Pierre Cérésole

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Pierre Cérésole (17 August 1879 – 23 October 1945) was a Swiss engineer, known primarily as the founder of the Service Civil International (SCI) or International Voluntary Service for Peace (IVSP), in 1920, an organisation that helped in reconstruction after the First World War with the goal of achieving an atmosphere of brotherhood. As a pacifist, he had refused to pay taxes that were used for the acquisition of arms and refused to accept money from his inheritance. He spent many hours in prison.

Cérésole had been inspired by American thinker William James. Cérésole in turn inspired Kees Boeke.

History[edit]

Pierre Cérésole was born in Lausanne on 17 August 1879, the son of Paul Cérésole, a member of the Swiss Federal Council and a President of the Swiss Confederation.

Bibliography[edit]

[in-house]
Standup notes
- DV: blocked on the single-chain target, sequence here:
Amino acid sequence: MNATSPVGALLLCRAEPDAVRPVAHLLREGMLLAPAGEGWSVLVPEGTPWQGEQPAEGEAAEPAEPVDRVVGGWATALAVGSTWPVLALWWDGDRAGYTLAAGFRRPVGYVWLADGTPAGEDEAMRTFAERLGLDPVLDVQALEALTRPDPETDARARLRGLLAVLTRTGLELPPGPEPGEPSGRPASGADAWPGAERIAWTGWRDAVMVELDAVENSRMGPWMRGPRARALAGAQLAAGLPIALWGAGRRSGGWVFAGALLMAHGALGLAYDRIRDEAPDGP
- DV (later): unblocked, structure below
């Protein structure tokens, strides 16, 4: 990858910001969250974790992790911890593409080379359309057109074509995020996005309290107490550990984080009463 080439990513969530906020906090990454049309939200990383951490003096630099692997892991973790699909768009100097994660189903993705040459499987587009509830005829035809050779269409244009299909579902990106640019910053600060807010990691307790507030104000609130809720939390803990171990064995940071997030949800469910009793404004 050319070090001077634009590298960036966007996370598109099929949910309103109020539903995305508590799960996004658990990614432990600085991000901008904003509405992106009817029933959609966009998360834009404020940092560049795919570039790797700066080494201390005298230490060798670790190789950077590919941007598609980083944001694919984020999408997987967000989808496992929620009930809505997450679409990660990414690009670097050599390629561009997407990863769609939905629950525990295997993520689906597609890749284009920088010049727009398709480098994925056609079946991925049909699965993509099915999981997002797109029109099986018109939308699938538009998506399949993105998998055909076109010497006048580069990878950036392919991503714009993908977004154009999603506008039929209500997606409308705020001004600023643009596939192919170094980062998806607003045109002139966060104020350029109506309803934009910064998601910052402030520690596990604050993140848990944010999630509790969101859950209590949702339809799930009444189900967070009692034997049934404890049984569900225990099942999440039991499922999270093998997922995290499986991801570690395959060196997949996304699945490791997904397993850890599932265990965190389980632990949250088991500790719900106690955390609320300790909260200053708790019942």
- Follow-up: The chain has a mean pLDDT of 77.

• Cérésole, Pierre (1950). Vivre sa vérité Carnets de route 1909-1944. Neuchâtel: La Baconnière. p. 279 p. 
  • Cérésole, Pierre (1954). For peace and truth: from the note-books of Pierre Ceresole. translated by John W. Harvey and Christina Yates. Bannisdale Press. p. 192 p. 
  • Monastier, Hélène (1947). Un Quaker d'aujourd'hui: Pierre Cérésole. Paris. p. 43 p. 
  • Monastier, Hélène (1960). Pierre Cérésole d'après sa correspondance. Neuchâtel: La Baconnière. p. 249 p. 
  • Maddock, Keith (2005). Living truth: a spiritual portrait of Pierre Ceresole. Pendle Hill pamphlets #379. Wallingford: Pendle Hill. p. 35 p. ISSN 0031-4250. 

Sources[edit]